In the year of the outsider, another curveball candidate is seeking an upset – legendary former Red Sox pitcher Bill Lee, a self-described socialist “left-winger” who’s running in the Bernie Sanders mold for governor of Vermont.
Only he makes Sanders look boring.
Known as the “Spaceman,” the quick-with-a-quip candidate is running a non-campaign campaign. He doesn’t have a staff. He’s not putting up yard signs.
He even doesn’t own a cell phone. It took days to get in touch with him as he traveled to Canada and back with his wife Diana. But when reached for an interview, Lee – a Vermont native – explained he’s committed to his run.
“I’ve been mulling it over for months,” the Spaceman told Fox News.
His platform is a grab bag of initiatives; some serious, others not so much.
Lee is basing his grassroots “campaign,” for instance, on legalizing marijuana – and banning designated hitters. He said he wants to re-instate physical education by “forcing kindergarteners to run before they go to class,” as well as end the opioid crisis—without mentioning a specific plan to do so.
“I’m not putting up any signs,” Lee explained. “If they want signs, they have to make ‘em themselves. This has to be a grassroots organization.”
Lee, who entered the race in May, is running as the nominee for the Liberty Union Party – the organization that Vermont Sen. Sanders launched back in the 1970s.
He’d be up against some far more experienced competition for the open seat including Republican Vermont Lt. Gov. Phil Scott and Democrat Sue Minter, who was the former Vermont secretary of transportation.
Asked about Lee’s unconventional bid, Scott said he did not agree with any of the candidate’s positions but has great respect for the political process.
“I feel it is important in a democracy for all voices to be heard,” Scott said. “While the Liberty Union Party is not as well established as the major parties, it would be unwise to overlook the candidates that run in statewide elections.”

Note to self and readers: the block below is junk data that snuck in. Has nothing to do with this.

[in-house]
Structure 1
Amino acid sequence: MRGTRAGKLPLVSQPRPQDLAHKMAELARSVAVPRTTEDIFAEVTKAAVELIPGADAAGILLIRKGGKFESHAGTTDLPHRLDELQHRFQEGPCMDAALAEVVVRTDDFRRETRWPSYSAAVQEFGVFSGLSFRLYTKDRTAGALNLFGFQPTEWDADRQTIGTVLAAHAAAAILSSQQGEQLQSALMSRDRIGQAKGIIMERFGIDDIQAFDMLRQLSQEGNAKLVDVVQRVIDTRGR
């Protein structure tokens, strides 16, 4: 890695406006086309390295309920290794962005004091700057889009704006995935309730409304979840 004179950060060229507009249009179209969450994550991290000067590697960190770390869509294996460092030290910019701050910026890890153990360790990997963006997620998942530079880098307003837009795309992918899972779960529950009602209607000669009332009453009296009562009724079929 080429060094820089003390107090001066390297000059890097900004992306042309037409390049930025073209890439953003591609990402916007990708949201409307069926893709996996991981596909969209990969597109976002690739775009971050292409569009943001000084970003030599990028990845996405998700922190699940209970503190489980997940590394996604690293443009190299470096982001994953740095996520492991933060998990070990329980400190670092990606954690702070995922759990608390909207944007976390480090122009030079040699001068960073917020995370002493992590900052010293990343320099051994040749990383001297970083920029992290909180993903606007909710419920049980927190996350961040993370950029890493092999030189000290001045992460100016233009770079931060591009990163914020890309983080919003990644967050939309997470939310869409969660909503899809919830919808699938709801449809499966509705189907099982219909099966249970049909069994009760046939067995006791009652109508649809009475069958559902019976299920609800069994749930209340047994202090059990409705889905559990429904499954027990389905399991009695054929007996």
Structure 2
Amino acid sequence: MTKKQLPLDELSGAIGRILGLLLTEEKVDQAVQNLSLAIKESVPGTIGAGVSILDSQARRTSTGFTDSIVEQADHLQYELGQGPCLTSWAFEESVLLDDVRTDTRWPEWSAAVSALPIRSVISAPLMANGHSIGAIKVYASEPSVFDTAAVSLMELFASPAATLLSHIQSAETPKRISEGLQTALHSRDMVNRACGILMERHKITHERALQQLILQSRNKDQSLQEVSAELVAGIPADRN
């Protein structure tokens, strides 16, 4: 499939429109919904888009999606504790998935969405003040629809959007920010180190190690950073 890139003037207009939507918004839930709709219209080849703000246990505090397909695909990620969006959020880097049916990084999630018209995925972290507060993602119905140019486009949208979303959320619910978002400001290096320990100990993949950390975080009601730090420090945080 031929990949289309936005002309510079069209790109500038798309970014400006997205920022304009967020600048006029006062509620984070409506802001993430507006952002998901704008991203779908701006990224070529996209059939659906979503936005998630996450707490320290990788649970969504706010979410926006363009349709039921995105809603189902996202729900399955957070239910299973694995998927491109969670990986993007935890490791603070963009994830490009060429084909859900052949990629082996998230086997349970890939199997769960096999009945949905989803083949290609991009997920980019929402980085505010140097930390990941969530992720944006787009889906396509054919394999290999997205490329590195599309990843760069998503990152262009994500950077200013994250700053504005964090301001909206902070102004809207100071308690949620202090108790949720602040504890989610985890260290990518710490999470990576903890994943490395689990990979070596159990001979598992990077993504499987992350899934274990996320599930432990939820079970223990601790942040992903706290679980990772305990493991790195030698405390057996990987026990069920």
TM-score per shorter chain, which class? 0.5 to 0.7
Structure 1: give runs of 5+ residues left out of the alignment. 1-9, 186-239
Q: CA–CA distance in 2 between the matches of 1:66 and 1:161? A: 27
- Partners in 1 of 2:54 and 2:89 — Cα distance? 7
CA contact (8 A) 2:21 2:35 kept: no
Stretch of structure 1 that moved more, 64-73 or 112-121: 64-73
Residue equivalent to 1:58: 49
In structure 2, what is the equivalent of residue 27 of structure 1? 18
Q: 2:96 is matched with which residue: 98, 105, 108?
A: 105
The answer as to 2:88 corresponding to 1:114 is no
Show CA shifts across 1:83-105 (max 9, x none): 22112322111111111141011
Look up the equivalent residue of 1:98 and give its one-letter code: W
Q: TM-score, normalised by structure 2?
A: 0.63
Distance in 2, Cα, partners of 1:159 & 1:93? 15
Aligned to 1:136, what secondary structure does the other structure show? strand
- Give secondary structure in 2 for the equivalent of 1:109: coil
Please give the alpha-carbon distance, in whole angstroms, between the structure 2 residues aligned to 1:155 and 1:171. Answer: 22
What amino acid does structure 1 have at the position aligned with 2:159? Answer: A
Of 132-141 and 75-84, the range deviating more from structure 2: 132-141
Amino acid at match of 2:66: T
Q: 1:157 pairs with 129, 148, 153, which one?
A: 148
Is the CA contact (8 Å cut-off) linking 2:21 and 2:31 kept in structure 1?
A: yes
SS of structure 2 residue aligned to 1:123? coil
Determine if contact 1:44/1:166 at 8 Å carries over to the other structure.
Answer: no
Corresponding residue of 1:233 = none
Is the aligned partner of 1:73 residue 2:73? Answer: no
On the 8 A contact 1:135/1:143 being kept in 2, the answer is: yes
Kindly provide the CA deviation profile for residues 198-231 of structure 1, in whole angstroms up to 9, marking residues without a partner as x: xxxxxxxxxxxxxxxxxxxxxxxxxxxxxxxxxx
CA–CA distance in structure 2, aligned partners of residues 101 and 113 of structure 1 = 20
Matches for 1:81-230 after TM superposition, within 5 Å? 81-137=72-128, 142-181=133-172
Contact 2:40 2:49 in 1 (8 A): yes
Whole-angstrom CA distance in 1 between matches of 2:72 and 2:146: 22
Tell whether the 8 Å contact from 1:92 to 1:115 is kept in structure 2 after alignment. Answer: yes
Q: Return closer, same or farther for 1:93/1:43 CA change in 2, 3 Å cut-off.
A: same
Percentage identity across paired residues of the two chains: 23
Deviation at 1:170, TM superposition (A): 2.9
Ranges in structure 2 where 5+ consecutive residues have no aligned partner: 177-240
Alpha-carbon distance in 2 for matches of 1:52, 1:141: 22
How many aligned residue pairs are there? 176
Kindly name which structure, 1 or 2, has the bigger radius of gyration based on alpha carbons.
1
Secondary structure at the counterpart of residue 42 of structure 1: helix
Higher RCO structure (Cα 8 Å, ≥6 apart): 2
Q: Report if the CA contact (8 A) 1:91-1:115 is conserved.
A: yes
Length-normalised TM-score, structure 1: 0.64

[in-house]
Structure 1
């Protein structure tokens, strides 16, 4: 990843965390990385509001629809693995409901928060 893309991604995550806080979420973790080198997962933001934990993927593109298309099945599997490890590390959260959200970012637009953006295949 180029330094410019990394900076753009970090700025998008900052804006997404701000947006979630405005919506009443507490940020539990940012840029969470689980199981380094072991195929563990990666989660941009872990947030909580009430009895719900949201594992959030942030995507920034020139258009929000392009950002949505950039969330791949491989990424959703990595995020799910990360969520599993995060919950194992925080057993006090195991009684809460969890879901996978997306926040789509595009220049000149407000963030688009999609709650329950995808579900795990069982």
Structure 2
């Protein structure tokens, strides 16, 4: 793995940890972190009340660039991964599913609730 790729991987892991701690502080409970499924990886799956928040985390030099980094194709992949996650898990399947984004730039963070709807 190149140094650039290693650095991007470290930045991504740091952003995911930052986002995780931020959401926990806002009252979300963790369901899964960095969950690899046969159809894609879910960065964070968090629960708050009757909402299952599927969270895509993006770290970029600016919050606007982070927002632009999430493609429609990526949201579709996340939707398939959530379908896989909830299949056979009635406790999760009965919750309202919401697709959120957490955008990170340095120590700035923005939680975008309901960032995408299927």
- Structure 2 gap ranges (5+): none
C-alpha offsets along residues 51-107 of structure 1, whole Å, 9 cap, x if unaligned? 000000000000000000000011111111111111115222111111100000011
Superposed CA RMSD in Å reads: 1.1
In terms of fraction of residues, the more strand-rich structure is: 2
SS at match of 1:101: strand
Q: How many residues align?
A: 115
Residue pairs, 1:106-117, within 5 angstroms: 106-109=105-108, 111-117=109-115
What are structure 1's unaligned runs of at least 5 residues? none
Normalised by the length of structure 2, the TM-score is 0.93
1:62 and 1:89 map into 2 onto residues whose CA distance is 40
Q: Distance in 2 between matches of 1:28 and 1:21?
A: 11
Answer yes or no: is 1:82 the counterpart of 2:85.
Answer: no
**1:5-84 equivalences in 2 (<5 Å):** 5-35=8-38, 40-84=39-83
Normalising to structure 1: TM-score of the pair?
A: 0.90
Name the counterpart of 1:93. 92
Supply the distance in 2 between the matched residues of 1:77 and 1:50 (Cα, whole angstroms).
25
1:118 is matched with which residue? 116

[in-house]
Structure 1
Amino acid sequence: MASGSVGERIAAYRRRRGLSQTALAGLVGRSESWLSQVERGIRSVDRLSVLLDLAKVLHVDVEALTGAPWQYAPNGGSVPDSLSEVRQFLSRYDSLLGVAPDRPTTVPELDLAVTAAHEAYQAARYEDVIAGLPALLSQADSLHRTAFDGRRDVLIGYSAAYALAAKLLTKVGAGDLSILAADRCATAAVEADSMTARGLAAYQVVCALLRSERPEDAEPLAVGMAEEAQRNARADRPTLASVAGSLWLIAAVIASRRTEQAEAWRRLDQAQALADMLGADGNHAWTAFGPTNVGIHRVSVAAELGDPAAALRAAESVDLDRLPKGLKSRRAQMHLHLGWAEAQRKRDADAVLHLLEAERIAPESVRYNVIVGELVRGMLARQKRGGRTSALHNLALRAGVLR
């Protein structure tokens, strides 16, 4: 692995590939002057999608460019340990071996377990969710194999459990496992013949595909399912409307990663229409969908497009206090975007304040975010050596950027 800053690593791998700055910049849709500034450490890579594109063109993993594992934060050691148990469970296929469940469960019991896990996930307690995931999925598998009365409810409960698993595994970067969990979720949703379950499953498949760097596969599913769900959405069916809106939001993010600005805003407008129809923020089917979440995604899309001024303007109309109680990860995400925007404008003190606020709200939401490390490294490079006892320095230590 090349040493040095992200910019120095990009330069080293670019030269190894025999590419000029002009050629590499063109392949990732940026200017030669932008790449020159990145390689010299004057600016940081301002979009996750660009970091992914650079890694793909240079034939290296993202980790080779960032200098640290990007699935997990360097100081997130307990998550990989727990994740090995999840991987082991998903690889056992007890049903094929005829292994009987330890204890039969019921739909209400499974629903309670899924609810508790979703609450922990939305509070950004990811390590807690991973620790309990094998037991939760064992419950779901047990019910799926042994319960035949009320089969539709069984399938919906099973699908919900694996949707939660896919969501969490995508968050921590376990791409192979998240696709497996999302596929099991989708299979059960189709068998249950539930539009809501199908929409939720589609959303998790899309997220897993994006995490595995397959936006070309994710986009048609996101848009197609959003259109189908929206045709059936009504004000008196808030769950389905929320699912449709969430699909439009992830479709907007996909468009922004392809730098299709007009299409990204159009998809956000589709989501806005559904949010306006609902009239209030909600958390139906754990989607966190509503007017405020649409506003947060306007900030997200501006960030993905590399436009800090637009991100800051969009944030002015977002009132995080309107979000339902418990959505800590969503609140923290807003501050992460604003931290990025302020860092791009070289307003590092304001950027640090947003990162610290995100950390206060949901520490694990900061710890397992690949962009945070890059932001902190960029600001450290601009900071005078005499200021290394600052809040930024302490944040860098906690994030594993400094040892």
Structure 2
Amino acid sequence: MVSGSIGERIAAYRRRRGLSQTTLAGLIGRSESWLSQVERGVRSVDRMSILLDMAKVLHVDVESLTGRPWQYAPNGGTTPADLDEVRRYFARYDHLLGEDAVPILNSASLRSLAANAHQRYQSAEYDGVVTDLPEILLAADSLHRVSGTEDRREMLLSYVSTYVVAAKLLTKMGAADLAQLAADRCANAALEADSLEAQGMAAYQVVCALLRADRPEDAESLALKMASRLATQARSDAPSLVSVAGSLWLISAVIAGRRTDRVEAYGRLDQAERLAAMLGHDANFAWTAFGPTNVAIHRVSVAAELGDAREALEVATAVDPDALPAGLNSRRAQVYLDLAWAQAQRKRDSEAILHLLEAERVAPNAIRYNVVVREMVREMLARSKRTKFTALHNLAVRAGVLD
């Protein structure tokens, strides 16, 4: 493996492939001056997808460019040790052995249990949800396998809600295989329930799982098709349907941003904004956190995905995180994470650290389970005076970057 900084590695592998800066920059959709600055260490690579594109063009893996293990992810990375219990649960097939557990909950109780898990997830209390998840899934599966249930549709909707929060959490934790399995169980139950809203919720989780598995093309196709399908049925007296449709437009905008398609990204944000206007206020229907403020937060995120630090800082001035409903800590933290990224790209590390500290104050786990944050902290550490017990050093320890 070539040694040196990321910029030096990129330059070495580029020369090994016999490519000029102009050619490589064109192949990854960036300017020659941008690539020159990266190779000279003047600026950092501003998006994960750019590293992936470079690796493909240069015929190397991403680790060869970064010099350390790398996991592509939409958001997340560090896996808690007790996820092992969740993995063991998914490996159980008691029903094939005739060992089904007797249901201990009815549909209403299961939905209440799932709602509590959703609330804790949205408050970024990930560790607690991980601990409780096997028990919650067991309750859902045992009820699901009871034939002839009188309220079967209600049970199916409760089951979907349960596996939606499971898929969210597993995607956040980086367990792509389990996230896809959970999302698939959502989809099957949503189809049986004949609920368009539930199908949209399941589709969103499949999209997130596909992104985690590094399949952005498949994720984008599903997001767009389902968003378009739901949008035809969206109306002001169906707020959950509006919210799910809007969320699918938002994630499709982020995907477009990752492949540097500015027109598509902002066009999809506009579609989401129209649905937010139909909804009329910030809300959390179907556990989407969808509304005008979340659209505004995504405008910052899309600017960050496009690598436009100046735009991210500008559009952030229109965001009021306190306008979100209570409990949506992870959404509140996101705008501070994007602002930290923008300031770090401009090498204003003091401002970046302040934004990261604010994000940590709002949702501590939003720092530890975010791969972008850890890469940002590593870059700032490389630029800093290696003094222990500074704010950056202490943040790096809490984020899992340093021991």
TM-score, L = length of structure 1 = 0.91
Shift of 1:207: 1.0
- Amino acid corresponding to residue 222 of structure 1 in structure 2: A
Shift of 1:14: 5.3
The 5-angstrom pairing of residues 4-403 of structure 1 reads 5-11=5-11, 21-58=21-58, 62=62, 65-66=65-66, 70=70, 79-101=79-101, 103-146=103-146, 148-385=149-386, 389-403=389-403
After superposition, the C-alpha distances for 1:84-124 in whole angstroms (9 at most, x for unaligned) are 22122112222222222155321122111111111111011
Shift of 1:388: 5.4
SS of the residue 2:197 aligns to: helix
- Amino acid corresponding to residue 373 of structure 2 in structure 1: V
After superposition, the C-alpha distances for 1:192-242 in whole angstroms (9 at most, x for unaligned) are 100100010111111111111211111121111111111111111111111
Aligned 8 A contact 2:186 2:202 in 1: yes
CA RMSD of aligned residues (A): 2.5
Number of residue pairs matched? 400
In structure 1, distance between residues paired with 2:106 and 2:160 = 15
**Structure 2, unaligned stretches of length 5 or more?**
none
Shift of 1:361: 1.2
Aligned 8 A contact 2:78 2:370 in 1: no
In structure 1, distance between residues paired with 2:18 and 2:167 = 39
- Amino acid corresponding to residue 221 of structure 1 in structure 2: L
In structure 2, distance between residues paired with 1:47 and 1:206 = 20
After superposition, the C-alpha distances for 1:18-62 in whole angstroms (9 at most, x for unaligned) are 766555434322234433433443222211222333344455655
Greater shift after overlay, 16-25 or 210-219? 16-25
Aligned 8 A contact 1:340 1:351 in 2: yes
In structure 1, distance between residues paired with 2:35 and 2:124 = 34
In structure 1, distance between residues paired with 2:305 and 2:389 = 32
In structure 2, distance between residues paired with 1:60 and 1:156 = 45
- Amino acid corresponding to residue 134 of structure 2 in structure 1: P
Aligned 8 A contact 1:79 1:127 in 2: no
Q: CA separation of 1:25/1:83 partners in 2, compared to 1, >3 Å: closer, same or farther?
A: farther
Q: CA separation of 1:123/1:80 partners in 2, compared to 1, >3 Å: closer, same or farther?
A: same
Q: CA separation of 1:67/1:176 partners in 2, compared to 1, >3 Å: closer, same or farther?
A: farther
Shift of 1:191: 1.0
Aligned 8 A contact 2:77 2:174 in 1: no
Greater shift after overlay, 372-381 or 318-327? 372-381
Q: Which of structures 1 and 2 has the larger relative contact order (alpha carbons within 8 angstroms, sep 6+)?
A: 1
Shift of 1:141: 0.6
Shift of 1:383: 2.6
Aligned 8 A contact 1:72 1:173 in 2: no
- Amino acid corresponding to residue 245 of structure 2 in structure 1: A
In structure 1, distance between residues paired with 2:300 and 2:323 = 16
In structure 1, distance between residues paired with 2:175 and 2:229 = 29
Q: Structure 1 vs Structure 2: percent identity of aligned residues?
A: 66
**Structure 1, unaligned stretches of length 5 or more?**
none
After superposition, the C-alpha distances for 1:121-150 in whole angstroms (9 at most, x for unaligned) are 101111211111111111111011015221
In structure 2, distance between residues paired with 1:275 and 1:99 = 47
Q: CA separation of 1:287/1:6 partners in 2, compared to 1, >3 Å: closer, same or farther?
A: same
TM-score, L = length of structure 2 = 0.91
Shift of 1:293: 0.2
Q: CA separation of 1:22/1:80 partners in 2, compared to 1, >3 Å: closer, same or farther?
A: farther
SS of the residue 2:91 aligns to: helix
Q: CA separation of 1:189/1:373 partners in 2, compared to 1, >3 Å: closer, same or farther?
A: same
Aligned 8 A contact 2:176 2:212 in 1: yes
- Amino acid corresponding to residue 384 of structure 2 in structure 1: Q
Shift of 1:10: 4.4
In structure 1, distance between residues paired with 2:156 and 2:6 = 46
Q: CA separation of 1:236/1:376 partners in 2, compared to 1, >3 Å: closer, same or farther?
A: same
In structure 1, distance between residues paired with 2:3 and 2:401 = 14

Minter did not respond to Fox News’ request for comment. Polling in the race is scarce.
Lee described the Republican and Democratic candidates, though, as part of “the past.”
He said he was inspired to run by Plato’s “Republic,” explaining: “Socrates told a young Plato that if his peers asked him to govern, it was his responsibility – and if he didn’t, it would be the greatest disservice. ... I don’t want Socrates coming to bite me on the ass!”
He’s a long shot, no doubt. But 2016 has proven a year of unlikely faces, like Sanders and Donald Trump, gaining momentum in politics.
“I’m getting attention from the press just by doing nothing,” Lee said, comparing himself to Trump, though he acknowledged their messages are very different. He added, “I have better hair than him.”
The Spaceman’s only prior political experience came in 1988 when he was the presidential candidate for the satirical Rhinoceros Party, whose platform including banning guns and butter and repealing the law of gravity. But despite his lack of a traditional resume, he predicts he will be the next governor.
“Every time I go to the mound, I think I can win,” Lee said.
After nine years with the Red Sox, the left-handed pitcher spent a few years playing for the Expos – until he was forced out of the MLB in 1982, after boycotting a game in protest over a fellow player’s treatment.
The Spaceman, who is turning 70 this December, is still playing ball for the Vermont Senior Baseball League on the Burlington Cardinals.
Miro Weinberger, the catcher on the Cardinals who also happens to be mayor of Burlington, touted Lee’s candidacy – without going so far as to predict victory.
“His desire to win seems just as strong as it was in 1975 when he left Game Seven of the World Series with a lead,” Weinberger told Fox News. “I fully expect him to have a memorable and positive impact on the governor’s race.”
The only traditional campaign plan Lee has at this point is to participate in Vermont PBS’s “Candidates for Governor” debate on Oct. 6. A spokesperson from Vermont PBS confirmed they have invited Lee.
The Spaceman’s wife, Diana, told Fox News she’s supporting her husband’s political adventure.
“He just seems to be gaining popularity,” she said. “If he can sit still for a few years, the governor’s seat would be a great one to sit in.”